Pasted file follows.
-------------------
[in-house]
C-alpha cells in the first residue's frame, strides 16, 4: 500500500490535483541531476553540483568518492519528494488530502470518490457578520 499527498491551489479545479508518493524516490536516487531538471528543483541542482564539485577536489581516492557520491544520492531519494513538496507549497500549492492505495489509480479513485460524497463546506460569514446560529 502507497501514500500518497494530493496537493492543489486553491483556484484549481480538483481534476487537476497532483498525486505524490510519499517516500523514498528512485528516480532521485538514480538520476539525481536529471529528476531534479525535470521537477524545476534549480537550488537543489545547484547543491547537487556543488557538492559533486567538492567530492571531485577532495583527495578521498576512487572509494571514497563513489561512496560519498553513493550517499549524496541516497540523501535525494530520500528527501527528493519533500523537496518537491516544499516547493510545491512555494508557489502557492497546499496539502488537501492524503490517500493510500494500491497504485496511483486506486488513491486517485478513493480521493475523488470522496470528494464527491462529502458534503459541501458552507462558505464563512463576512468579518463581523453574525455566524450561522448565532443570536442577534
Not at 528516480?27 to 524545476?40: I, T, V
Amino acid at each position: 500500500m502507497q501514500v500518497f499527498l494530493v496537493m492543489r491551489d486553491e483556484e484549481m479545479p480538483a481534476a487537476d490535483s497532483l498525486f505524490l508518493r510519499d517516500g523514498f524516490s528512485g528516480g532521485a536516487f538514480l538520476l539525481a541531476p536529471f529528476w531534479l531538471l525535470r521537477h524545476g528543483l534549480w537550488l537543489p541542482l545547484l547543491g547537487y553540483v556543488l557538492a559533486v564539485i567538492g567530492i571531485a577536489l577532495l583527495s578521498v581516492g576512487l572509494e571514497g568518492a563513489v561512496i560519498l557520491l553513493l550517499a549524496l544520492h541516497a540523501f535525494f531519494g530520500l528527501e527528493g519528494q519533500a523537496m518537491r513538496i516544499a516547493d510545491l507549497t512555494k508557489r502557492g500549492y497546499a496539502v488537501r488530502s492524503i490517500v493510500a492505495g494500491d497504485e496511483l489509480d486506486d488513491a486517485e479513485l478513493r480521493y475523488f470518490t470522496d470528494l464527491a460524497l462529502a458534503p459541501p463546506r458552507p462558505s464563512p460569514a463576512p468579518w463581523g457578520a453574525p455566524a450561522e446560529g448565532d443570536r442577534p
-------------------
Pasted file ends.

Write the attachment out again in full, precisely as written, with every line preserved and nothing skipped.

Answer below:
[in-house]
C-alpha cells in the first residue's frame, strides 16, 4: 500500500490535483541531476553540483568518492519528494488530502470518490457578520 499527498491551489479545479508518493524516490536516487531538471528543483541542482564539485577536489581516492557520491544520492531519494513538496507549497500549492492505495489509480479513485460524497463546506460569514446560529 502507497501514500500518497494530493496537493492543489486553491483556484484549481480538483481534476487537476497532483498525486505524490510519499517516500523514498528512485528516480532521485538514480538520476539525481536529471529528476531534479525535470521537477524545476534549480537550488537543489545547484547543491547537487556543488557538492559533486567538492567530492571531485577532495583527495578521498576512487572509494571514497563513489561512496560519498553513493550517499549524496541516497540523501535525494530520500528527501527528493519533500523537496518537491516544499516547493510545491512555494508557489502557492497546499496539502488537501492524503490517500493510500494500491497504485496511483486506486488513491486517485478513493480521493475523488470522496470528494464527491462529502458534503459541501458552507462558505464563512463576512468579518463581523453574525455566524450561522448565532443570536442577534
Not at 528516480?27 to 524545476?40: I, T, V
Amino acid at each position: 500500500m502507497q501514500v500518497f499527498l494530493v496537493m492543489r491551489d486553491e483556484e484549481m479545479p480538483a481534476a487537476d490535483s497532483l498525486f505524490l508518493r510519499d517516500g523514498f524516490s528512485g528516480g532521485a536516487f538514480l538520476l539525481a541531476p536529471f529528476w531534479l531538471l525535470r521537477h524545476g528543483l534549480w537550488l537543489p541542482l545547484l547543491g547537487y553540483v556543488l557538492a559533486v564539485i567538492g567530492i571531485a577536489l577532495l583527495s578521498v581516492g576512487l572509494e571514497g568518492a563513489v561512496i560519498l557520491l553513493l550517499a549524496l544520492h541516497a540523501f535525494f531519494g530520500l528527501e527528493g519528494q519533500a523537496m518537491r513538496i516544499a516547493d510545491l507549497t512555494k508557489r502557492g500549492y497546499a496539502v488537501r488530502s492524503i490517500v493510500a492505495g494500491d497504485e496511483l489509480d486506486d488513491a486517485e479513485l478513493r480521493y475523488f470518490t470522496d470528494l464527491a460524497l462529502a458534503p459541501p463546506r458552507p462558505s464563512p460569514a463576512p468579518w463581523g457578520a453574525p455566524a450561522e446560529g448565532d443570536r442577534p